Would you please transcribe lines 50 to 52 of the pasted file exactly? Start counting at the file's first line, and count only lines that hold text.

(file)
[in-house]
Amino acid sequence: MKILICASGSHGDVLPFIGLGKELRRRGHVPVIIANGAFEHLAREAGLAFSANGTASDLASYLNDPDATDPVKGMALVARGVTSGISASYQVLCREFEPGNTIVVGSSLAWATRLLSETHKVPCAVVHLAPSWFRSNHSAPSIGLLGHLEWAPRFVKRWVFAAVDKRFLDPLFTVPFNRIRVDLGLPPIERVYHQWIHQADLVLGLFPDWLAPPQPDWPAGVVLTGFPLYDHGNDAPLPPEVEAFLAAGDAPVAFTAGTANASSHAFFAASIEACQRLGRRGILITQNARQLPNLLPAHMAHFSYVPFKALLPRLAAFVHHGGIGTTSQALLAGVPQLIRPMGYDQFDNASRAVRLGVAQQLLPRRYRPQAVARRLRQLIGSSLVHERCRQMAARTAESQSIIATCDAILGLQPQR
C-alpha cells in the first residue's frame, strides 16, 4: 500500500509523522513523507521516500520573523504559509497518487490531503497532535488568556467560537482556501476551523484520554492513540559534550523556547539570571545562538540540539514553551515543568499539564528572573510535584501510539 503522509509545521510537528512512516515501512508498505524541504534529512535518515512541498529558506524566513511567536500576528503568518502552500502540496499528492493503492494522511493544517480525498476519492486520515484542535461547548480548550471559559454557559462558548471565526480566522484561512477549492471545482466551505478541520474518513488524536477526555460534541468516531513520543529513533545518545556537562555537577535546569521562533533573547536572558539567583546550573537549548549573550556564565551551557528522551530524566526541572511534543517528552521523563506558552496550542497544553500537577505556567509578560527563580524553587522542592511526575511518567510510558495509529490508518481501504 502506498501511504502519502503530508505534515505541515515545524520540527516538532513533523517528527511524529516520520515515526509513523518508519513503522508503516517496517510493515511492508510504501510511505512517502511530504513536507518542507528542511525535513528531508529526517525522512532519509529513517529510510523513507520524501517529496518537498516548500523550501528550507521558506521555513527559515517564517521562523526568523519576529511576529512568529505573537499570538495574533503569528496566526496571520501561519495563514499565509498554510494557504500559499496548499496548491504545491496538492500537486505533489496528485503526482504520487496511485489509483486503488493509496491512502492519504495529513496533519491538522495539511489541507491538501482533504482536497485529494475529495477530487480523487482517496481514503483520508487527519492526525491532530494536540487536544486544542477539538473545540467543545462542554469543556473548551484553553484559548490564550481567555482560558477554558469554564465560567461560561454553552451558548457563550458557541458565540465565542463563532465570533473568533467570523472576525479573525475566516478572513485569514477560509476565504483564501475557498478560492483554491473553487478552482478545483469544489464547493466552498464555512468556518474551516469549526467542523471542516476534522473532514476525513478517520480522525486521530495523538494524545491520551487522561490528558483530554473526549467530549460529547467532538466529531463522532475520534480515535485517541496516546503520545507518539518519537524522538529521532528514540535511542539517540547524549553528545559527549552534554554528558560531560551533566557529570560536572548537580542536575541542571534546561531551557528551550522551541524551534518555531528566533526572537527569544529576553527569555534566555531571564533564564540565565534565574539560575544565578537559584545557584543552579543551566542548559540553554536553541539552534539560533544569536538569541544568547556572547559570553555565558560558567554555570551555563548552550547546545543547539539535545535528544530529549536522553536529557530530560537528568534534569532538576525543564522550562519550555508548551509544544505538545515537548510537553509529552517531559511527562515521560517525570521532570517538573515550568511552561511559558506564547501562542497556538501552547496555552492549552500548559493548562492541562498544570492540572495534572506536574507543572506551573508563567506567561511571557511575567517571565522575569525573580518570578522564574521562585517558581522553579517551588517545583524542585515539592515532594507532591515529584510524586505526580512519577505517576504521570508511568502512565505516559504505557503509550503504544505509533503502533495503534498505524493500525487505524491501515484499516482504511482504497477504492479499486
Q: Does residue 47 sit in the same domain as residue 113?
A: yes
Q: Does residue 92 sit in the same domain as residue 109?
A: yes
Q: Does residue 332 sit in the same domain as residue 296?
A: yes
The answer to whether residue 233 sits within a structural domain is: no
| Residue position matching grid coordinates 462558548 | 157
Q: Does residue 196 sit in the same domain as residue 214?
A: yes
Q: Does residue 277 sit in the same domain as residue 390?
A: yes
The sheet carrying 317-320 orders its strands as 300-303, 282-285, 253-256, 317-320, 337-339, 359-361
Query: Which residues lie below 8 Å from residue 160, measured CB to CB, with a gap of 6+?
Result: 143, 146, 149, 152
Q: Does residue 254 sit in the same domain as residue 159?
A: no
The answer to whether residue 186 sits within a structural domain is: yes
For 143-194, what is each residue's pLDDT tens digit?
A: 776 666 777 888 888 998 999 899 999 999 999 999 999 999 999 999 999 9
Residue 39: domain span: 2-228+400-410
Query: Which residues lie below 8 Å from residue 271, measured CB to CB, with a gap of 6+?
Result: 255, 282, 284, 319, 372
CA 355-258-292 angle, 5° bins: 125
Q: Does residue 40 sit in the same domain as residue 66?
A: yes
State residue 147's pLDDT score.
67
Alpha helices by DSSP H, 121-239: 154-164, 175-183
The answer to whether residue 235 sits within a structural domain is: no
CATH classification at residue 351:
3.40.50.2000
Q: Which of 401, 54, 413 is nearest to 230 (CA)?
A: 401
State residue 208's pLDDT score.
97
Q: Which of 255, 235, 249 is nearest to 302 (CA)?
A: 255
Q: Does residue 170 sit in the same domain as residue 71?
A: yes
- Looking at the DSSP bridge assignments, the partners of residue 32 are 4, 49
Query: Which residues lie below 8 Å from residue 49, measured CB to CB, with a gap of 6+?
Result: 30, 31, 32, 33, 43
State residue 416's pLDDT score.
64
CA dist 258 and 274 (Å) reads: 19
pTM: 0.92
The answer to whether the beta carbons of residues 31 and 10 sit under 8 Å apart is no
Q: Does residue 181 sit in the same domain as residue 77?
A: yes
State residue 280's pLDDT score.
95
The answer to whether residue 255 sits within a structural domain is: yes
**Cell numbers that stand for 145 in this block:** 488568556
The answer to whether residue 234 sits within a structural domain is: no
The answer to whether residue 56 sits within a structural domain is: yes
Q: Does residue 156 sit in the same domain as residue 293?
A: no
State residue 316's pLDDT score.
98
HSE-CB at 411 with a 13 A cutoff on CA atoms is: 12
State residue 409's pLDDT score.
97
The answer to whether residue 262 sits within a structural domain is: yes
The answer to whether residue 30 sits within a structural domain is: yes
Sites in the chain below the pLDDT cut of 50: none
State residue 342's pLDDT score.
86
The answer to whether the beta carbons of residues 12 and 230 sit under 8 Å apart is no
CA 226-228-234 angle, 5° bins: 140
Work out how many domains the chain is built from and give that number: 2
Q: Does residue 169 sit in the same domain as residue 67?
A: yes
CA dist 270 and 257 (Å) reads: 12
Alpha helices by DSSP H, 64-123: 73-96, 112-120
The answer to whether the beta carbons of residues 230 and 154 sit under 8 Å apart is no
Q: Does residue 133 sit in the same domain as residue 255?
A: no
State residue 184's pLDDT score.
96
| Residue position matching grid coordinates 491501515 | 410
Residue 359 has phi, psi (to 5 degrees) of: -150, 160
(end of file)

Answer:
pTM: 0.92
The answer to whether the beta carbons of residues 31 and 10 sit under 8 Å apart is no
Q: Does residue 181 sit in the same domain as residue 77?